Accusations are necessary for justice, but false accusations are a miscarriage of it. It is increasingly easy to accuse in our modern American culture. The penalties are small, and the payoff often big. But false accusers must beware. In the fullness of time, they will pay for their lies. Meanwhile, those accused must forgive as they have been forgiven.
By Mark D, Harris
“Buy me another servant” the sultry wife told her wealthy, older husband. Within a few days, she noticed an unfamiliar young man carrying a large sack of topsoil in the garden. He tossed the sack to the ground as if it were filled with feathers. Over the weeks, she noticed that his tasks were always done quickly, imaginatively, and well, leaving time to help other servants with their responsibilities. Everyone liked and respected him, despite his youth. Her husband noticed too, and within months put him in charge of the other servants. Soon, the young man was the administrator of the whole household.
Continue reading “Accuse at Your Own Risk” →
Usually, the question “where are you from?” is not a “microaggression” but an honest effort to meet a new person. For either party to interpret it otherwise is foolish, selfish, and reduces the possibility of a relationship that could bless them both.
By Mark D, Harris
A stocky, white, middle-aged man stood behind the counter at the fencing school as I approached. “I am looking to take lessons. Do I sign up here?”
“Yes,” he said in a thick Russian accent.
I love to get to know people, the studio wasn’t very busy, and I knew nothing about “microaggressions,” so I asked, “Where are you from?”
“Minnesota,” he replied.
“No, where are you from originally?”
“Baltimore,” he answered.
“OK, where is your accent from?” I persisted, eager to learn about his big life adventure.
“Russia,” he said.
Continue reading “Where are you from?” →
Words are not enough to encompass life. To experience the universe only through words is to miss life itself, and fail to enter the kingdom of Heaven
By Mark D. Harris
I was waiting for a flight at Chicago’s O’Hare Airport last weekend, and doing what I often do at airports…watching people. Thousands walked by, from flight crews with their impressive leather jackets and epaulets, to children with their troll pillows and Disney backpacks. Many adults were stooped, with shoulders rotated in and necks craned forward looking at their cell phones, which they typically held in their left hands. Single women cruised with short steps and a hippy gait, especially those in high heels, and single men sported their shouldery saunter. Mothers pushed strollers and fathers carried car seats and other luggage through crowded passageways.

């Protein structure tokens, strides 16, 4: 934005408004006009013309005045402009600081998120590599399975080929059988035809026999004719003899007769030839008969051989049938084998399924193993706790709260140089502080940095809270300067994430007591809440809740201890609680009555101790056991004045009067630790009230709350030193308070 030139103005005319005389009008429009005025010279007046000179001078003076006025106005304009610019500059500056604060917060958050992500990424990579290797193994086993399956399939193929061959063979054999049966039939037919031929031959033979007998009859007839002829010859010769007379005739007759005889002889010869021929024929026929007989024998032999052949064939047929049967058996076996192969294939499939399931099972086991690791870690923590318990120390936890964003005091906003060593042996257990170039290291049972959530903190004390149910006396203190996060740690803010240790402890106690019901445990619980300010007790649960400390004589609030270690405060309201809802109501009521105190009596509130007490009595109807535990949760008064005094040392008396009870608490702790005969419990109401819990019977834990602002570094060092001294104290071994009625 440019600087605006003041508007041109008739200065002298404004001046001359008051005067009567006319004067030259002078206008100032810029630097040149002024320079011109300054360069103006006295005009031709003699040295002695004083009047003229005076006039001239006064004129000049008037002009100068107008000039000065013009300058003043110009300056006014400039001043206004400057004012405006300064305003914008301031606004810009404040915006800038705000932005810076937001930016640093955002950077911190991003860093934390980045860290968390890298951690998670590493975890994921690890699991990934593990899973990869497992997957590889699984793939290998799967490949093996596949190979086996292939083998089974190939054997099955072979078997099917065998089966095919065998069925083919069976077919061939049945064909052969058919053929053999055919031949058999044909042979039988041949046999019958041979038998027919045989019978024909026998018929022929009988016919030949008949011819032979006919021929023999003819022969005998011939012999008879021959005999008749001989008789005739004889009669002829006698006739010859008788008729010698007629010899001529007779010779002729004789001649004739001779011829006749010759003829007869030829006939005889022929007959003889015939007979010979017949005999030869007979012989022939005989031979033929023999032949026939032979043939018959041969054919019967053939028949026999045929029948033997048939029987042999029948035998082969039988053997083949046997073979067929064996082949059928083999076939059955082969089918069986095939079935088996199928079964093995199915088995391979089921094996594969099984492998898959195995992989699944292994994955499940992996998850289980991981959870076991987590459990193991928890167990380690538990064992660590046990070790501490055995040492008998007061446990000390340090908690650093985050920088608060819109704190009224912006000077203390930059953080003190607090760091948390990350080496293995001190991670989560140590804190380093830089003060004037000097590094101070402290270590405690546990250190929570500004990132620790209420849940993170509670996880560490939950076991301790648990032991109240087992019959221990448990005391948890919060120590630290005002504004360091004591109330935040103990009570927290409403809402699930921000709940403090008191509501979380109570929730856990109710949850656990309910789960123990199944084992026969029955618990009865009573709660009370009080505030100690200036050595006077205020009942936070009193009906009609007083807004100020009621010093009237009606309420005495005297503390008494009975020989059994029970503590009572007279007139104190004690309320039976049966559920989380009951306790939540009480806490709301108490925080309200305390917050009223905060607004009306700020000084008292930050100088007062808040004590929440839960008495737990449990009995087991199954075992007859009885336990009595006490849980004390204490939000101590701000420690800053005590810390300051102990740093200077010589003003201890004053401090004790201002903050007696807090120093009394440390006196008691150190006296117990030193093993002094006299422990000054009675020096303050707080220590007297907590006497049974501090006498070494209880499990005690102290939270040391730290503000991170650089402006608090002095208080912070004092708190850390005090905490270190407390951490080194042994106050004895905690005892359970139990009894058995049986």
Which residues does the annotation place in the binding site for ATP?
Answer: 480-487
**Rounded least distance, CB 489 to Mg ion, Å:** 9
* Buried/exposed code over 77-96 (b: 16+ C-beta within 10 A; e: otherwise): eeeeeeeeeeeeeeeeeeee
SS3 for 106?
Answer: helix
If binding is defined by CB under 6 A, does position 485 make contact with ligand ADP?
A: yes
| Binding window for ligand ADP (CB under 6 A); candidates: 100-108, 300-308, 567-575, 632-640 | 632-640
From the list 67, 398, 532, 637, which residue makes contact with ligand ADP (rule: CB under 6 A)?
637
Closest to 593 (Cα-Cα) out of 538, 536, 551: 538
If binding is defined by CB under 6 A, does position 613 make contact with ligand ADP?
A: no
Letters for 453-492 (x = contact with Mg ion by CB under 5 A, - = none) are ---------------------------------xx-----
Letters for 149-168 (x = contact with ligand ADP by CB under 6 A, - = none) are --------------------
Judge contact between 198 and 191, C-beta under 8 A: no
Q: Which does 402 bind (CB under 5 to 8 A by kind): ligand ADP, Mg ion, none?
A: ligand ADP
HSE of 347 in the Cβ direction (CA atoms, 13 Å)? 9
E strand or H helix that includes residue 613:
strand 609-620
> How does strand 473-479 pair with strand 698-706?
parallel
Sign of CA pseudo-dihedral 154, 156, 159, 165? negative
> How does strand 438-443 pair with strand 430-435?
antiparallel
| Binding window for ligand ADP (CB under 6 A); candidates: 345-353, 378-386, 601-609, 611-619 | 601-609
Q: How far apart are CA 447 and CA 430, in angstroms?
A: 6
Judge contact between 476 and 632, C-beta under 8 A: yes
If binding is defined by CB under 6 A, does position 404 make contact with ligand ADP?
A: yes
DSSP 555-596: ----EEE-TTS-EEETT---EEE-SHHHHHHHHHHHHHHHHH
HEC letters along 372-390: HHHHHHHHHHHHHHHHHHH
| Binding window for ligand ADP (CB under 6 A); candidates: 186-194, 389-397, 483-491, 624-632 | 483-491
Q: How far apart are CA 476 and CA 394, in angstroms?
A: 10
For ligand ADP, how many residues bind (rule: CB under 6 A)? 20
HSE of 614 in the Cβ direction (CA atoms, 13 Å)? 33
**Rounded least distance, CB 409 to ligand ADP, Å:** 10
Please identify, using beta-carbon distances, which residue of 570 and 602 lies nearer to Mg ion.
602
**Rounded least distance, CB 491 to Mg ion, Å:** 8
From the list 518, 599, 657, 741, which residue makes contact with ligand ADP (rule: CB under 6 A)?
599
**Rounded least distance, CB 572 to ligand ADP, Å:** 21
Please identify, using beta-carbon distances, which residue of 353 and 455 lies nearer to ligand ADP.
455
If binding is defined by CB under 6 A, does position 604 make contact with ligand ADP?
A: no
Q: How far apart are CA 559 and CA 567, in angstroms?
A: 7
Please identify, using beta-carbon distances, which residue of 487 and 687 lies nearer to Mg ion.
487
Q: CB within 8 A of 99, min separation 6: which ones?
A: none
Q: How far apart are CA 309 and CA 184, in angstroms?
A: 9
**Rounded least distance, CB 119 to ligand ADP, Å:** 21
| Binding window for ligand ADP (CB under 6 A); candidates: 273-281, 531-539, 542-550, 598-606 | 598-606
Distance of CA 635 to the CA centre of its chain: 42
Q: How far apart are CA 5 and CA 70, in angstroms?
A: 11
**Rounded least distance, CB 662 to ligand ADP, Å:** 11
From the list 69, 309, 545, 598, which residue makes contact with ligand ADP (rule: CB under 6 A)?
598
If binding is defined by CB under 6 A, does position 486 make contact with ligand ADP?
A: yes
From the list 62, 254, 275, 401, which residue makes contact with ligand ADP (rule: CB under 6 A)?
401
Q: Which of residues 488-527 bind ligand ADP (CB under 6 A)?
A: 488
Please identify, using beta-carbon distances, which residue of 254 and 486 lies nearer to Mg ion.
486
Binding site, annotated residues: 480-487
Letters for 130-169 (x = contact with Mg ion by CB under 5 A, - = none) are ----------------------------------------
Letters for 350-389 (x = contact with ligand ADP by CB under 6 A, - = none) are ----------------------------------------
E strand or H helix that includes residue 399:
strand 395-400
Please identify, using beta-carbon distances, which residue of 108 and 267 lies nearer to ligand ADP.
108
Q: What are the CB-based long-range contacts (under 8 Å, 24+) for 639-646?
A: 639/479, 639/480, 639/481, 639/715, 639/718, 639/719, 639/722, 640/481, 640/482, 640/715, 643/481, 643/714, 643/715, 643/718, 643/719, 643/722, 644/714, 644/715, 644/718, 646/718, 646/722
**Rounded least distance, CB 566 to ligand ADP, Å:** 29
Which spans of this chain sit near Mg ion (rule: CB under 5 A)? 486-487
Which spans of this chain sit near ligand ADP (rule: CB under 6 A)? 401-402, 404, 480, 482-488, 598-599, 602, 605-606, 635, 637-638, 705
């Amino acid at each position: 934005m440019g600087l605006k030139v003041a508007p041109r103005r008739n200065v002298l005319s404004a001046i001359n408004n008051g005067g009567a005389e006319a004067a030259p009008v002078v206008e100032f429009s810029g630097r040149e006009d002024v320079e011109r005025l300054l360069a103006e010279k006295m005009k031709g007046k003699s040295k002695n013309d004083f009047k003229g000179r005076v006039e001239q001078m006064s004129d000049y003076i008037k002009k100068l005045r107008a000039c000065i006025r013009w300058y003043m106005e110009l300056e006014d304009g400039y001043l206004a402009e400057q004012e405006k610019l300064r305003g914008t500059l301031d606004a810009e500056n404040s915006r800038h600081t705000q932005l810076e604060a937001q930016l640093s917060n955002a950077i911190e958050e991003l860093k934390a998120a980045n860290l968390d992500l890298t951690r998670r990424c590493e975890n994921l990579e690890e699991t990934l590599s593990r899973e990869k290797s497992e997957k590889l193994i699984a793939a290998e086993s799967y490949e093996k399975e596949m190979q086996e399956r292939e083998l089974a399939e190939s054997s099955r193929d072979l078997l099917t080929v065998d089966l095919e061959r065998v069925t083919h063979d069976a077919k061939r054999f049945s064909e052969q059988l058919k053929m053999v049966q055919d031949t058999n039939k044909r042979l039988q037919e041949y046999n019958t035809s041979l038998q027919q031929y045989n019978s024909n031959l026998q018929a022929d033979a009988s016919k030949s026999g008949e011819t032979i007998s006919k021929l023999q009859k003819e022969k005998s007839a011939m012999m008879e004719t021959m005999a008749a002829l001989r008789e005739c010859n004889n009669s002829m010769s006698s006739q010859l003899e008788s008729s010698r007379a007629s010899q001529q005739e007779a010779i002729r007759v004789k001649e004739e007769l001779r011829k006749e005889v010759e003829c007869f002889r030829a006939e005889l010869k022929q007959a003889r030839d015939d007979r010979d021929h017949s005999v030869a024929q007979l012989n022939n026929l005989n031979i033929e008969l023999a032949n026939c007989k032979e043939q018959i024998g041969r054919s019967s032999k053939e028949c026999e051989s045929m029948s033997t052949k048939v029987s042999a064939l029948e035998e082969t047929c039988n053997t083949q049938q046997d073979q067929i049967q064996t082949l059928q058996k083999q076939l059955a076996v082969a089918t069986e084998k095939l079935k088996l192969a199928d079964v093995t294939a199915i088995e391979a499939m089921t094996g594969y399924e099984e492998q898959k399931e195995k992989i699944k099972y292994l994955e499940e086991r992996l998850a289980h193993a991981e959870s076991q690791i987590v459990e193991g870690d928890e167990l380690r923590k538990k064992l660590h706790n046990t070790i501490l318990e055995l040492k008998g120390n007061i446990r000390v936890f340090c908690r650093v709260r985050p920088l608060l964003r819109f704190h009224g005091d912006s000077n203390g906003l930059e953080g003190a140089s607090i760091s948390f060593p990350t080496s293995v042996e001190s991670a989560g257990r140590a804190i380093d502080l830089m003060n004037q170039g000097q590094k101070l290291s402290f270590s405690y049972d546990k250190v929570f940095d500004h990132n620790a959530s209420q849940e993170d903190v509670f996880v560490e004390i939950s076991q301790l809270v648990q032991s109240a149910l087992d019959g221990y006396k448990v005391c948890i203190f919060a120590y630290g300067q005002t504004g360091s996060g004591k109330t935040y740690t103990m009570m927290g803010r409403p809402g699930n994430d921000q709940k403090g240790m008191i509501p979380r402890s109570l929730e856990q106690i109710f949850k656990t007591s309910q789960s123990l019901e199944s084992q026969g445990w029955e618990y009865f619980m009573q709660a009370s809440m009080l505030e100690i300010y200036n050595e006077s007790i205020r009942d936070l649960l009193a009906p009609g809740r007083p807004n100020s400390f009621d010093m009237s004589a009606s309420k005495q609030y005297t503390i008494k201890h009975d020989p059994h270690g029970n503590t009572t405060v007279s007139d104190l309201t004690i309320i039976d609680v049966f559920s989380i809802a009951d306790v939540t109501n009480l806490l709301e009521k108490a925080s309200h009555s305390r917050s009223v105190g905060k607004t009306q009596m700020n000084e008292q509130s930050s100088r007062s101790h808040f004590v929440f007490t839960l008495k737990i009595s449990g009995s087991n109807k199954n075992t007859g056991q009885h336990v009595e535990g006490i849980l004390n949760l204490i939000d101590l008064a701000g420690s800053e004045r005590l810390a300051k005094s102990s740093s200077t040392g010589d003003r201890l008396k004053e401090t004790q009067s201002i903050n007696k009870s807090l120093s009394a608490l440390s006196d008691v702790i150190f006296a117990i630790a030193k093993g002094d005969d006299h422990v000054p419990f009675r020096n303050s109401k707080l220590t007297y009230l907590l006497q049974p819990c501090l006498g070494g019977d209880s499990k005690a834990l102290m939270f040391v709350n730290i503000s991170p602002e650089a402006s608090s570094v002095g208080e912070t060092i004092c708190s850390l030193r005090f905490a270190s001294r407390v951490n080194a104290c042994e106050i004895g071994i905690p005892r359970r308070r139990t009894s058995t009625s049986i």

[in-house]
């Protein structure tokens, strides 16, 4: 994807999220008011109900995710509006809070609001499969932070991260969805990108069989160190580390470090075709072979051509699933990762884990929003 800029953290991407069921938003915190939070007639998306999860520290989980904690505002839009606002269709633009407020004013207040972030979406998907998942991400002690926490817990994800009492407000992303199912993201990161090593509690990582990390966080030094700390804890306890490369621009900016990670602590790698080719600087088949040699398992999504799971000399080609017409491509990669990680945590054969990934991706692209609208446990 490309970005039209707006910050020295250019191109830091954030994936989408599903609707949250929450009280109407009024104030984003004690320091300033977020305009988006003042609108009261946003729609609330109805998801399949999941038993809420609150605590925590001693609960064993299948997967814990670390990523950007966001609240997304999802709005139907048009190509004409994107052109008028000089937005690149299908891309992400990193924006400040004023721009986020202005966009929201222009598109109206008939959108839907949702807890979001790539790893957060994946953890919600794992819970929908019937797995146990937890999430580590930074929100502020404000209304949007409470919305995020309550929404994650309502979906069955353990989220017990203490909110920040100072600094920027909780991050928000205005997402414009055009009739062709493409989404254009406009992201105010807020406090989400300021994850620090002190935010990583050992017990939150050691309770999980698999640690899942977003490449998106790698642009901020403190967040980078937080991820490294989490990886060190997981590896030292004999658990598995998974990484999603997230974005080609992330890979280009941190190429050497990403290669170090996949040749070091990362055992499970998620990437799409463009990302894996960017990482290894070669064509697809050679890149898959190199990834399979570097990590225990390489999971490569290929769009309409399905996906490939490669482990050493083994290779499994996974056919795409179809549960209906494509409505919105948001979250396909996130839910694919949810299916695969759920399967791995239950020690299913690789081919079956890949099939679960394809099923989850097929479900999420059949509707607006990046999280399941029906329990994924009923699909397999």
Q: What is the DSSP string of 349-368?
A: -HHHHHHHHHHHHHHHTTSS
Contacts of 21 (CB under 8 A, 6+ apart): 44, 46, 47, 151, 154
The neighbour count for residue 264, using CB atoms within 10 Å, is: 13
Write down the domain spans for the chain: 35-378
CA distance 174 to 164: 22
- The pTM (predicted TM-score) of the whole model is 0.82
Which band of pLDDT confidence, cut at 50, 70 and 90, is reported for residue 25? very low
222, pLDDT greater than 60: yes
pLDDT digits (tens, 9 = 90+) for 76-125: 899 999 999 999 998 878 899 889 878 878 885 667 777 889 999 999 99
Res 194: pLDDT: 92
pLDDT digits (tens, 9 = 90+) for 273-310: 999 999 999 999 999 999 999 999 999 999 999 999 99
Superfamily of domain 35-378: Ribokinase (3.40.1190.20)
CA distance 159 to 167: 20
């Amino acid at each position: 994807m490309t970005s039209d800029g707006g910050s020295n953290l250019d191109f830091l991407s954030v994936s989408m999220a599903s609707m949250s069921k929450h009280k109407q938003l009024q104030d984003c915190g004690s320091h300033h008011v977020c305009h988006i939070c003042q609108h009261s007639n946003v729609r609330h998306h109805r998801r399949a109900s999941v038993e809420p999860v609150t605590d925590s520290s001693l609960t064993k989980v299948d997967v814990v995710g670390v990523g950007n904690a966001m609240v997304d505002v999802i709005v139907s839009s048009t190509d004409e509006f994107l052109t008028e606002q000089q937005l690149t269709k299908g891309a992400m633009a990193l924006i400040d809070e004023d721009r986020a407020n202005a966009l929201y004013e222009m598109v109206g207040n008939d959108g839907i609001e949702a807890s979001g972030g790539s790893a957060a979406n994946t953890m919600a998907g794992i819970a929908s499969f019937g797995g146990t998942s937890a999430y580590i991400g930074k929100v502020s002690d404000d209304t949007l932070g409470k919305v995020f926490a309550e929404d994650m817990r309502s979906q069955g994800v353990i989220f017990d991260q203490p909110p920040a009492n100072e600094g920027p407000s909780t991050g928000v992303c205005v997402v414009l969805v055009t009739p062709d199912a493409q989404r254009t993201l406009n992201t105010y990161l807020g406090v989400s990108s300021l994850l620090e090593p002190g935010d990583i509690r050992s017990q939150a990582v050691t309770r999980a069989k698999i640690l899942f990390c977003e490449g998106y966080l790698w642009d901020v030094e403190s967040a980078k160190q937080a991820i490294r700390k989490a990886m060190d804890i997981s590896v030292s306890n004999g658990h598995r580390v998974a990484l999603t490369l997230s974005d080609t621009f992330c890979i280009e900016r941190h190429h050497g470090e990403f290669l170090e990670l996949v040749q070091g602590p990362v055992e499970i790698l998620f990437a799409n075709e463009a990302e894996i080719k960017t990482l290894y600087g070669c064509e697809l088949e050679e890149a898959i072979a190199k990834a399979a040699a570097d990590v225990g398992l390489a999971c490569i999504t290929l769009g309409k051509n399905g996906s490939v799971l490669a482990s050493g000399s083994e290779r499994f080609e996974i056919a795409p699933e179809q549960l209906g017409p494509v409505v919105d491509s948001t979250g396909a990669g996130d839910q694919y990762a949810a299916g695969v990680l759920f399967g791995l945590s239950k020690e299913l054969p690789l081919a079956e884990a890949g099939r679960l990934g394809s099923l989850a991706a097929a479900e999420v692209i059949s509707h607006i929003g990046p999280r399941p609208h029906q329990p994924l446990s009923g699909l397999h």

Continue reading “Words Limited” →
Assumptions, Emotions, Perceptions, Conditions, and Facts color our communication with ourselves and others. We must learn to manage them.
By Mark D. Harris
A wise man once said that the hardest thing about communication is the illusion that it has occurred. I have been involved in hundreds of medical, military, and public safety operations, and the after-action reviews of each one cite communication as a problem. Whether in business, relationships, or anywhere else, avalanches of academic papers and mountains of media articles bemoan our inability to effectively talk to each other, and propose ways of fixing it.
Several factors are present in every communication event, including assumptions, emotions, perceptions, conditions, and facts. They change the communication, often without the participants realizing it.
Continue reading “Communication Conflicts” →
How to keep our hearts and our lives open to the people and experiences that God has put around us.
By Mark D. Harris
It was a three-car accident, with three distraught drivers walking between their disabled vehicles and the flashing blue lights of police cruisers drawing attention to the scene. Traffic was slow, with hundreds of bypassing drivers craning their necks to see what had happened. Though I have long disparaged such “looky loos”, I found myself drawn into the action. I gazed for a second too long, turned forward, found a car stopped just a few feet ahead, hit the brakes, and swerved into the shoulder to avoid a crash. I barely made it; with no harm except to my pride.
After thanking God for saving me from this close call, I considered why it happened. The morning temperatures were in the high forties but road conditions were good and visibility clear. On leaving home I had opened my driver’s window, and had noticed that of the thousands of cars on the road, only two had their windows even partly open. It was easy to see why – it was cold, and the wind chill made it worse. Still, opening the window made me much more aware of my surroundings. Instead of just seeing the activities on the road, I could hear them, and to some degree even feel them. I had gotten cold and closed the window just before my near crash. The traffic opened up, but several minutes and several miles later I saw another emergency vehicle about ¼ mile behind me. He moved closer and I pulled over, seeing rather than hearing him from a distance. Others didn’t pull over at all.
Continue reading “Open Windows” →